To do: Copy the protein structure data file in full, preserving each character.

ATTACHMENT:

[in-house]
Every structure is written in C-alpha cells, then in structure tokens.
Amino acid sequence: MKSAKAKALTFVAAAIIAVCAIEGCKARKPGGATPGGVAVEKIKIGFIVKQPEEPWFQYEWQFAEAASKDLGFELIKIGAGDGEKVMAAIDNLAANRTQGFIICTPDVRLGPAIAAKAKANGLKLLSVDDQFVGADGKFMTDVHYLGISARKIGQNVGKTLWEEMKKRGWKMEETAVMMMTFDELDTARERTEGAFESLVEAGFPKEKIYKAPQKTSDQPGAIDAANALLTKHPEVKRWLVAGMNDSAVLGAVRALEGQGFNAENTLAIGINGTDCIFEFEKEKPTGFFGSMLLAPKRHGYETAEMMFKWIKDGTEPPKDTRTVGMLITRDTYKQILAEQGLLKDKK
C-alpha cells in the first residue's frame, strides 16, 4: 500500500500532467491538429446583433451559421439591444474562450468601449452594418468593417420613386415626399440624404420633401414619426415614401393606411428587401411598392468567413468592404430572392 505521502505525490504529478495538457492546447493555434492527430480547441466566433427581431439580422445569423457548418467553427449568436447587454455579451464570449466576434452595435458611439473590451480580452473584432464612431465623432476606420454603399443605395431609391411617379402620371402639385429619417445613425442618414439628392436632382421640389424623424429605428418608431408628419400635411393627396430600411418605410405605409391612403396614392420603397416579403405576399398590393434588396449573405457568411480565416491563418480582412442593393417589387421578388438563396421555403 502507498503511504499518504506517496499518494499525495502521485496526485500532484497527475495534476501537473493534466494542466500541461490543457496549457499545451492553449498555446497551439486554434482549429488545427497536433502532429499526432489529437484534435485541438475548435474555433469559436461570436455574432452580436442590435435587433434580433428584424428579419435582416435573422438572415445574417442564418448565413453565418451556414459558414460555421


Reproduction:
[in-house]
Every structure is written in C-alpha cells, then in structure tokens.
Amino acid sequence: MKSAKAKALTFVAAAIIAVCAIEGCKARKPGGATPGGVAVEKIKIGFIVKQPEEPWFQYEWQFAEAASKDLGFELIKIGAGDGEKVMAAIDNLAANRTQGFIICTPDVRLGPAIAAKAKANGLKLLSVDDQFVGADGKFMTDVHYLGISARKIGQNVGKTLWEEMKKRGWKMEETAVMMMTFDELDTARERTEGAFESLVEAGFPKEKIYKAPQKTSDQPGAIDAANALLTKHPEVKRWLVAGMNDSAVLGAVRALEGQGFNAENTLAIGINGTDCIFEFEKEKPTGFFGSMLLAPKRHGYETAEMMFKWIKDGTEPPKDTRTVGMLITRDTYKQILAEQGLLKDKK
C-alpha cells in the first residue's frame, strides 16, 4: 500500500500532467491538429446583433451559421439591444474562450468601449452594418468593417420613386415626399440624404420633401414619426415614401393606411428587401411598392468567413468592404430572392 505521502505525490504529478495538457492546447493555434492527430480547441466566433427581431439580422445569423457548418467553427449568436447587454455579451464570449466576434452595435458611439473590451480580452473584432464612431465623432476606420454603399443605395431609391411617379402620371402639385429619417445613425442618414439628392436632382421640389424623424429605428418608431408628419400635411393627396430600411418605410405605409391612403396614392420603397416579403405576399398590393434588396449573405457568411480565416491563418480582412442593393417589387421578388438563396421555403 502507498503511504499518504506517496499518494499525495502521485496526485500532484497527475495534476501537473493534466494542466500541461490543457496549457499545451492553449498555446497551439486554434482549429488545427497536433502532429499526432489529437484534435485541438475548435474555433469559436461570436455574432452580436442590435435587433434580433428584424428579419435582416435573422438572415445574417442564418448565413453565418451556414459558414460555421